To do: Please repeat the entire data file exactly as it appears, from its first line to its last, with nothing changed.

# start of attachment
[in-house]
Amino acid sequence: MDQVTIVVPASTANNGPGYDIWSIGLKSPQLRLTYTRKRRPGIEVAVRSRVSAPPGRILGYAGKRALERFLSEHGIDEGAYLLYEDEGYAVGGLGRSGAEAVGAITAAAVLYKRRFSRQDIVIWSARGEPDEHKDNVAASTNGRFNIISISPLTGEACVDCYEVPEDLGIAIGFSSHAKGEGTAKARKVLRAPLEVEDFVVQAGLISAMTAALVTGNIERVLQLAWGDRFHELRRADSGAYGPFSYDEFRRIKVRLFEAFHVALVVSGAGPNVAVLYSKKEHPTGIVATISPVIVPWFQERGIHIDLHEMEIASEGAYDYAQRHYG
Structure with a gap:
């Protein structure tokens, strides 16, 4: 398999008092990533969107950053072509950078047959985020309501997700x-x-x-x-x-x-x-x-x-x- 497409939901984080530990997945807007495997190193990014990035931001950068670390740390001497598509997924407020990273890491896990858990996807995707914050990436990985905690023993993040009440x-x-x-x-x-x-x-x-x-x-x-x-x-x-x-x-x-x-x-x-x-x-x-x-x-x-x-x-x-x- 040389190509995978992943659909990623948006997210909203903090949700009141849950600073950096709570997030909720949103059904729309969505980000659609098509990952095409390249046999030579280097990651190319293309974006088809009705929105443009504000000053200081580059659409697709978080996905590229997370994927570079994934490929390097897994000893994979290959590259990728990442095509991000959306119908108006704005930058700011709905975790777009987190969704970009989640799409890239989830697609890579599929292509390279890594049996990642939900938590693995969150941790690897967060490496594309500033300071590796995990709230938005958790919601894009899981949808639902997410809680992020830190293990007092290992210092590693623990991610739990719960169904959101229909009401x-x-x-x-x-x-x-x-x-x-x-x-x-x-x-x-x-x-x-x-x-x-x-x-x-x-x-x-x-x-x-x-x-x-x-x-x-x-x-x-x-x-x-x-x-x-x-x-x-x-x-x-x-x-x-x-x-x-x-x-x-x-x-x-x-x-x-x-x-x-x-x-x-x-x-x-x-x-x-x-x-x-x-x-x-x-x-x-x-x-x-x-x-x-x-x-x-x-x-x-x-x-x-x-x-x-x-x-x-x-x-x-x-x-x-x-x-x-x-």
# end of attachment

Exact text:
[in-house]
Amino acid sequence: MDQVTIVVPASTANNGPGYDIWSIGLKSPQLRLTYTRKRRPGIEVAVRSRVSAPPGRILGYAGKRALERFLSEHGIDEGAYLLYEDEGYAVGGLGRSGAEAVGAITAAAVLYKRRFSRQDIVIWSARGEPDEHKDNVAASTNGRFNIISISPLTGEACVDCYEVPEDLGIAIGFSSHAKGEGTAKARKVLRAPLEVEDFVVQAGLISAMTAALVTGNIERVLQLAWGDRFHELRRADSGAYGPFSYDEFRRIKVRLFEAFHVALVVSGAGPNVAVLYSKKEHPTGIVATISPVIVPWFQERGIHIDLHEMEIASEGAYDYAQRHYG
Structure with a gap:
């Protein structure tokens, strides 16, 4: 398999008092990533969107950053072509950078047959985020309501997700x-x-x-x-x-x-x-x-x-x- 497409939901984080530990997945807007495997190193990014990035931001950068670390740390001497598509997924407020990273890491896990858990996807995707914050990436990985905690023993993040009440x-x-x-x-x-x-x-x-x-x-x-x-x-x-x-x-x-x-x-x-x-x-x-x-x-x-x-x-x-x- 040389190509995978992943659909990623948006997210909203903090949700009141849950600073950096709570997030909720949103059904729309969505980000659609098509990952095409390249046999030579280097990651190319293309974006088809009705929105443009504000000053200081580059659409697709978080996905590229997370994927570079994934490929390097897994000893994979290959590259990728990442095509991000959306119908108006704005930058700011709905975790777009987190969704970009989640799409890239989830697609890579599929292509390279890594049996990642939900938590693995969150941790690897967060490496594309500033300071590796995990709230938005958790919601894009899981949808639902997410809680992020830190293990007092290992210092590693623990991610739990719960169904959101229909009401x-x-x-x-x-x-x-x-x-x-x-x-x-x-x-x-x-x-x-x-x-x-x-x-x-x-x-x-x-x-x-x-x-x-x-x-x-x-x-x-x-x-x-x-x-x-x-x-x-x-x-x-x-x-x-x-x-x-x-x-x-x-x-x-x-x-x-x-x-x-x-x-x-x-x-x-x-x-x-x-x-x-x-x-x-x-x-x-x-x-x-x-x-x-x-x-x-x-x-x-x-x-x-x-x-x-x-x-x-x-x-x-x-x-x-x-x-x-x-």